In addition to SARS, the war and anti-American sentiment in Europe affected international meeting plans. The American Radium Society did some fancy footwork rescheduling its April 26 to 30 meeting from Paris to Houston. The Chicago organization announced its decision March 17, shortly after the U.S. invaded Iraq, but the venue change had been discussed for months before.

“We were concerned about participants not wanting to travel, their safety, and the anti-American sentiment in Europe,” says Cathy Carey, executive director. The meeting was expected to draw approximately 350 participants.

The society didn't face any penalty in breaking its contract with the Paris Inter-Continental Hotel on such short notice, Carey says, because of a force majeure clause. She also explained to the property that the Radium Society wanted to book another meeting there in the next several years.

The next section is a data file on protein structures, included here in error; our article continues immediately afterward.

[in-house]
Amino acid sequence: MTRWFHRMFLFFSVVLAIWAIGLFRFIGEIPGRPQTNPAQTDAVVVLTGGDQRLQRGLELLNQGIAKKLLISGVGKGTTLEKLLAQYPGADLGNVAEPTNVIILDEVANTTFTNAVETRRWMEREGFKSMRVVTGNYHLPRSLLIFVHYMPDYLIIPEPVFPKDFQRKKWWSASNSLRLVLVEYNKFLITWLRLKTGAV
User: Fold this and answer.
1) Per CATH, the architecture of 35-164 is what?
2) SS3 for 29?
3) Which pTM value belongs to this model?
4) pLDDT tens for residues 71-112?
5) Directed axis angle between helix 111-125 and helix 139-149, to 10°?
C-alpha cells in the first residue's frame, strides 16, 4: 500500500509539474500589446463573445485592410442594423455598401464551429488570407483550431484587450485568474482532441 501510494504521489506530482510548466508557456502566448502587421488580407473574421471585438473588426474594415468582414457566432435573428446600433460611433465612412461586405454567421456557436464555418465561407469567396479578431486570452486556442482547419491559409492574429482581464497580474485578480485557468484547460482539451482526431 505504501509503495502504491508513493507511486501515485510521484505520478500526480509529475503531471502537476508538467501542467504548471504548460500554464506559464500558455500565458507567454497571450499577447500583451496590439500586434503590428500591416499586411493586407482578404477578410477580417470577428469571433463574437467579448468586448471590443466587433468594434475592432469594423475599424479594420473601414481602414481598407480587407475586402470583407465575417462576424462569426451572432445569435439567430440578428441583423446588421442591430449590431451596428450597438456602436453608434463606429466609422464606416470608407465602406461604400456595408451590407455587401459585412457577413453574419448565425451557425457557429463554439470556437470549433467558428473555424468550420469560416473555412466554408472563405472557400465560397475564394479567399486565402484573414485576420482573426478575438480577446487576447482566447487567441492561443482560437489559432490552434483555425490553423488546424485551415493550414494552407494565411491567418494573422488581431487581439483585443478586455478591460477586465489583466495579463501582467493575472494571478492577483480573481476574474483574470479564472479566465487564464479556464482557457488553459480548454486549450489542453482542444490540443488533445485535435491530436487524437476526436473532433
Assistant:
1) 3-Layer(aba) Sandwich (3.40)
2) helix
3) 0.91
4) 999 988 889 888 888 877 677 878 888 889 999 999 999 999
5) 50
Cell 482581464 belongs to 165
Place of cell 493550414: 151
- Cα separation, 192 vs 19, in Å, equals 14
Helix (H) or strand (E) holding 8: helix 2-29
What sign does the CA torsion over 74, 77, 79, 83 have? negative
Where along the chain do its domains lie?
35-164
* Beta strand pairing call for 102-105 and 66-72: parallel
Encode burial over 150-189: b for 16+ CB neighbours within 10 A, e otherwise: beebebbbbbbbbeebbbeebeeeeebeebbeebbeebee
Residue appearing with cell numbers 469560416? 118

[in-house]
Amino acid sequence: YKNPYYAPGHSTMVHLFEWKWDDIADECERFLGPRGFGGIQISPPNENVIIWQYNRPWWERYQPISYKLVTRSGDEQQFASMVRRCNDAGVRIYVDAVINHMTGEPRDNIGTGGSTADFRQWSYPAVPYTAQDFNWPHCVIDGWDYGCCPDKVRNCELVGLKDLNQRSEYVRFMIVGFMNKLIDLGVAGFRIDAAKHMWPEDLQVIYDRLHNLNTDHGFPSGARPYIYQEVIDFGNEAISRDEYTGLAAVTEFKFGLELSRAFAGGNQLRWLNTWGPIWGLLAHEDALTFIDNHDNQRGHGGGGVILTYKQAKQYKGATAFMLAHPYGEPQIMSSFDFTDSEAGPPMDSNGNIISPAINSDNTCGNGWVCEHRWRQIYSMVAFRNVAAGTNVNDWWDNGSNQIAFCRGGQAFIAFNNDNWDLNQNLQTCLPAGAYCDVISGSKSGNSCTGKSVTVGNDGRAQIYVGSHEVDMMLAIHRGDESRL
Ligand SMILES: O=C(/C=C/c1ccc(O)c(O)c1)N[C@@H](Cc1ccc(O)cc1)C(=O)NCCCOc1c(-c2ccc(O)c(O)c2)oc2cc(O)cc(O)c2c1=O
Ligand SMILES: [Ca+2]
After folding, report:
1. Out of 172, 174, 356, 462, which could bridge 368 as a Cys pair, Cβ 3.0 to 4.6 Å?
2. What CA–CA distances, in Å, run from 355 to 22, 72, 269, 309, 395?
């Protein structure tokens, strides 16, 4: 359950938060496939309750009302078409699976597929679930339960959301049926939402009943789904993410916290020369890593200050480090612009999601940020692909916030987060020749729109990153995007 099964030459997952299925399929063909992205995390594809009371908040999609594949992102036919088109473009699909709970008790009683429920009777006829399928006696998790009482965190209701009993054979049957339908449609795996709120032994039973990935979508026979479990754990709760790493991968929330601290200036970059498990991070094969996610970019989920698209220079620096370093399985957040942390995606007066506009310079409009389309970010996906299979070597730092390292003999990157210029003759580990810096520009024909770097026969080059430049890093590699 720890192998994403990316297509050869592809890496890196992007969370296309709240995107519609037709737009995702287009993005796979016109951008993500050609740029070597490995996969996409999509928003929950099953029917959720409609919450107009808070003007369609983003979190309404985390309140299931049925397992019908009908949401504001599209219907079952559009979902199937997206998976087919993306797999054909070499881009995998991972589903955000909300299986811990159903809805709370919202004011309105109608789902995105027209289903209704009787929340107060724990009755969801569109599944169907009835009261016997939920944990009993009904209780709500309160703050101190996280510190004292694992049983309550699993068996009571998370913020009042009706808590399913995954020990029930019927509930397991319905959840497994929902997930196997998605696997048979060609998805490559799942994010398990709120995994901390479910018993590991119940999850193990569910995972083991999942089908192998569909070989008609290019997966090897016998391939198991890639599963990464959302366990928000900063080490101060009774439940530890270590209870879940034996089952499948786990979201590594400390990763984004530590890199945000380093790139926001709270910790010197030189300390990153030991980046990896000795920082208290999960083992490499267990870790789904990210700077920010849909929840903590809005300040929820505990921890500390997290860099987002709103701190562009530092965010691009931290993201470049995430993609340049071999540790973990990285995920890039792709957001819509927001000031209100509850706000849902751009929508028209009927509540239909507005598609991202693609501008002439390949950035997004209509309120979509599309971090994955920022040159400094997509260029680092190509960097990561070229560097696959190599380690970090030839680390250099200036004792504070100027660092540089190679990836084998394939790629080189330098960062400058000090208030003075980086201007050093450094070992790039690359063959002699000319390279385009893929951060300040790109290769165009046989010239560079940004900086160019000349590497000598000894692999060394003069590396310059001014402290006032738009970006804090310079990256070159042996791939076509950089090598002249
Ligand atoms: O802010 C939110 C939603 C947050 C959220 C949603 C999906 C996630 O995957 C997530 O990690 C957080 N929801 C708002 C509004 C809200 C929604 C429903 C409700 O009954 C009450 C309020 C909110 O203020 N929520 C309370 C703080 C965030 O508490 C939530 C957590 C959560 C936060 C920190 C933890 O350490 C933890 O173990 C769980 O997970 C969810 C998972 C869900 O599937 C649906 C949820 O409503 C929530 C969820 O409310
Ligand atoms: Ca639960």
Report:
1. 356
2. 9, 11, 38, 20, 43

Houston was chosen as a replacement for Paris because it's the home of M.D. Anderson Cancer Center, which Carey figured might be a good source of speakers in case any backed out, which five of the 30 speakers did.

Not all Radium Society members were happy about the change: About 40 registered members had canceled by mid-April, some of them because they held non-refundable tickets to Paris.

Lining up venues to replace the Paris social program might have been the biggest challenge. Working with a local destination management company, “I did this 48-hour dash through Houston and probably saw 15 venues,” Carey says.

Participants enjoyed cocktails and a buffet at the Houston Museum of Natural Science instead of wandering among the Van Goghs at a Paris art museum; and they took cooking classes and tasted wines instead of touring the Loire Valley.

The Rosemont, Ill.-based Association of Bone and Joint Surgeons, on the other hand, moved ahead with its mid-May Paris program at the Hotel Lutetia. Before the war began, the association's executive committee voted to proceed as planned in the absence of travel warnings from the United States Department of State. Only a handful of the 120 expected surgeons canceled, most of them citing concerns about leaving their families behind during this time.